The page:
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Varied Moodswings album provides musing to fuel any emotion

Moodfood
Moodswings.
Arista Records.

By Douglas D. Keller
Photography Editor

There are seven wonders of the world. You are about to witness the eighth." So begins the introductory track "Throw Off the Shackles" from Moodswings's debut album Moodfood. This album is definitely something different, a combination of rap, techno, new age, and industrial. The first time I listened to the album I felt that Moodswings had answered the question of what would happen if Nine Inch Nails made a new age album.

The album's press kit aptly describes Moodfood as "aural medication for tired minds." The album is remarkable for the stylistic range of its tracks, which vary from George Winstonesque piano on "Hairy Piano" to rap/house on "Problem Solved." No matter what mood you might be in, there will be a song on this album which will heighten your happiness or alleviate your sorrow. What is similarly remarkable is that the rest of the album will sort of fade into the background, only to be noticed again when the track fits your mood.

Moodfood was conceived and written as a single piece of music incorporating many thematically linked tracks or moods. Moodswings is able to achieve this effect by blending the transitions between tracks and by having many movements within each track. These movements will pick up a riff used in an earlier track or will give hints of riffs to come.

Moodswings is the collaboration of musicians J.F.T. Hood and Grant Showbiz. Grant Showbiz was responsible for producing many albums for The Fall and Billy Bragg and has also worked as soundman and sometime producer for The Smiths. J.F.T. Hood was the drummer for The Pretenders and has also played drums on some of the last Smiths gigs. Joining Hood and Showbiz are Jeff Beck and Johnny Marr on "Skinthieves," Linda Muriel supplying vocals on "Rainsong," and Chrissie Hynde singing on the first single from the album, "Spiritual High (State of Independence) Part II." An interesting addition to the music of the album is the mixing of Martin Luther King Jr.'s speech "I Have a Dream" with drum machine, piano, effect boxes, and a synthesized chorus on "Spiritual High (Part III)."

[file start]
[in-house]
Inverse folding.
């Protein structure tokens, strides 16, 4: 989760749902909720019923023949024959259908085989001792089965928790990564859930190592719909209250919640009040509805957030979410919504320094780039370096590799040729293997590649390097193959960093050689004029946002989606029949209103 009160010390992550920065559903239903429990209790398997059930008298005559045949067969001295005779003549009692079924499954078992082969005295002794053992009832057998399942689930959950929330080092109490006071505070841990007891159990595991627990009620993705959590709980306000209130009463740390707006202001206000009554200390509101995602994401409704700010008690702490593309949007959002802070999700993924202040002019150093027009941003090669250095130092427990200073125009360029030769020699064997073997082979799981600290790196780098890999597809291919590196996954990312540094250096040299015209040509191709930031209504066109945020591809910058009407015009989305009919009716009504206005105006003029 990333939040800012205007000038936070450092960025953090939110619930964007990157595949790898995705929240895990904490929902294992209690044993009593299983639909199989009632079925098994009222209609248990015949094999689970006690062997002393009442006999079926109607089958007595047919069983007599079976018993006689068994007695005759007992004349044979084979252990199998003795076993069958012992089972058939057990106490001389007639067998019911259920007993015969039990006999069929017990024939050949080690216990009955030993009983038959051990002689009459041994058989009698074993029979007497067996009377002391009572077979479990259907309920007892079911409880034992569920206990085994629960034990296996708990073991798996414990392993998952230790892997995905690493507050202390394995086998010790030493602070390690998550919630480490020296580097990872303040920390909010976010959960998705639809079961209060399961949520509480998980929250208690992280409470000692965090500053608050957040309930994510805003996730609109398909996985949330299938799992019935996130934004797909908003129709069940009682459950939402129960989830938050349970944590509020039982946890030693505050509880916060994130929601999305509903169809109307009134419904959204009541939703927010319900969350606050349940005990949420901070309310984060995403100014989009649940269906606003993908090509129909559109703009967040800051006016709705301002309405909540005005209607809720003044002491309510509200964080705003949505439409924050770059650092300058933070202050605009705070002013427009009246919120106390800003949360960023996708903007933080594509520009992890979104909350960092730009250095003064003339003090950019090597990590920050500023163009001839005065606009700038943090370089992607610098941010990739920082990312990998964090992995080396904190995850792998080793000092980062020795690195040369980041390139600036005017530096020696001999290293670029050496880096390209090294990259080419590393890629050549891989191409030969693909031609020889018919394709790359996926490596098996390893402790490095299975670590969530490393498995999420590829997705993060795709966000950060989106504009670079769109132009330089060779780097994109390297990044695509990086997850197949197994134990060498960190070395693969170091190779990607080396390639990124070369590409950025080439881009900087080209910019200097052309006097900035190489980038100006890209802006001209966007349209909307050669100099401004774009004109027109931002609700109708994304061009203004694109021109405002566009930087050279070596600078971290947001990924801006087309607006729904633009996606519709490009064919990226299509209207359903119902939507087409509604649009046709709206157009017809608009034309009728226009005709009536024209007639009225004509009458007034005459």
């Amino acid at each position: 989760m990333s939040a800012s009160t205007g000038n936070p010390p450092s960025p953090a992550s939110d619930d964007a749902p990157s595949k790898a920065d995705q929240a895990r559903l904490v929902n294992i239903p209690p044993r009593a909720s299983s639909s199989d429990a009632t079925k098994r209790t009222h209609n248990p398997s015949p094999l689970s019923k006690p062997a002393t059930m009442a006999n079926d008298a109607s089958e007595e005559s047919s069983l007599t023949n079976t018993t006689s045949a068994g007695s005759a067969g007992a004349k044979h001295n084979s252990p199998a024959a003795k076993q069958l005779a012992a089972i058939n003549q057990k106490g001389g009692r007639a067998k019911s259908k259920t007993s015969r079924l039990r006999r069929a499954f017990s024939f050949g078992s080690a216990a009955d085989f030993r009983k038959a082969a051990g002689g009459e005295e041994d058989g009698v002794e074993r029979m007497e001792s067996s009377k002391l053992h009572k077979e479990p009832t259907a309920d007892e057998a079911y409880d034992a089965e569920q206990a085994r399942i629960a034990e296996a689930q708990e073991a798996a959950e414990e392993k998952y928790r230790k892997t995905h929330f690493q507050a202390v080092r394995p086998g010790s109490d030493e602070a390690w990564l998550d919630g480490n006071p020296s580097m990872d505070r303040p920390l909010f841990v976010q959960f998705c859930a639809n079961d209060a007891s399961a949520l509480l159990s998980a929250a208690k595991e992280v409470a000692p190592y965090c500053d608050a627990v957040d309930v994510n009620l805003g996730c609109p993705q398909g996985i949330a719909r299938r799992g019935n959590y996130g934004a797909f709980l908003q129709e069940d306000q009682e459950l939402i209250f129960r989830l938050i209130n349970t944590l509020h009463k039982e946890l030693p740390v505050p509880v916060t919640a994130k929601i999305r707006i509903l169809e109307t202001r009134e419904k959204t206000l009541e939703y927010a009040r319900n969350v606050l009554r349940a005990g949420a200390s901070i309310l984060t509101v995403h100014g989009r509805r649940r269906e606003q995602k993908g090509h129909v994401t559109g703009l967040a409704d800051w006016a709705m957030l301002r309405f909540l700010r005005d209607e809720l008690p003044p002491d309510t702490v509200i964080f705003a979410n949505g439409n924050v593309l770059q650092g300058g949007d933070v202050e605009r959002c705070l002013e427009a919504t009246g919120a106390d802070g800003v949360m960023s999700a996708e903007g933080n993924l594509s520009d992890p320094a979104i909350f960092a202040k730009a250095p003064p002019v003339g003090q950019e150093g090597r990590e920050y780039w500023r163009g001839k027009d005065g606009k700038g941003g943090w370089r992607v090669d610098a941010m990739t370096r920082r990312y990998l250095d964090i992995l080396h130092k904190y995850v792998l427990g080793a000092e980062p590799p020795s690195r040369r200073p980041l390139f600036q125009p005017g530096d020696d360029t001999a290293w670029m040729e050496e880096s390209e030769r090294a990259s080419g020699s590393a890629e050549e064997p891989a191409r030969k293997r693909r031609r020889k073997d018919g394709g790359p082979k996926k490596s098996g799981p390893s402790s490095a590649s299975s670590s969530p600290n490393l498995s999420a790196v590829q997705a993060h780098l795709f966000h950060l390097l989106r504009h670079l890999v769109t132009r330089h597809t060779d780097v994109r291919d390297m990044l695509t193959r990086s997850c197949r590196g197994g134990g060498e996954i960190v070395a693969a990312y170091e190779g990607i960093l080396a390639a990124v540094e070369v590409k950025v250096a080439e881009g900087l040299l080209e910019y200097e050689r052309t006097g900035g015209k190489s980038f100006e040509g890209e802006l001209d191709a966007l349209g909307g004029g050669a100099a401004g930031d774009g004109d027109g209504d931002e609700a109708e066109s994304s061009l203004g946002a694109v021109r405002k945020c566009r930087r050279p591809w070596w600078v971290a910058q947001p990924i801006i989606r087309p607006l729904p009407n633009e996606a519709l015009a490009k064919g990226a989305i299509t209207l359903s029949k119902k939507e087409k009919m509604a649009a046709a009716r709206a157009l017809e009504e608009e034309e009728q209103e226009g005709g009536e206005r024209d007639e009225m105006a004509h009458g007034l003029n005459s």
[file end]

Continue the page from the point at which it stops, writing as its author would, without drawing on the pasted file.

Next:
Moodfood alleviates, combats, and sometimes evokes our "moodswings." This is essentially what the album is all about and what Moodswings feel that music should be all about. As they say, "The sections in the record stores shouldn't be dance or country or whatever - they should be cheer you up, relax you down, music for a picnic, music for a funeral, etc."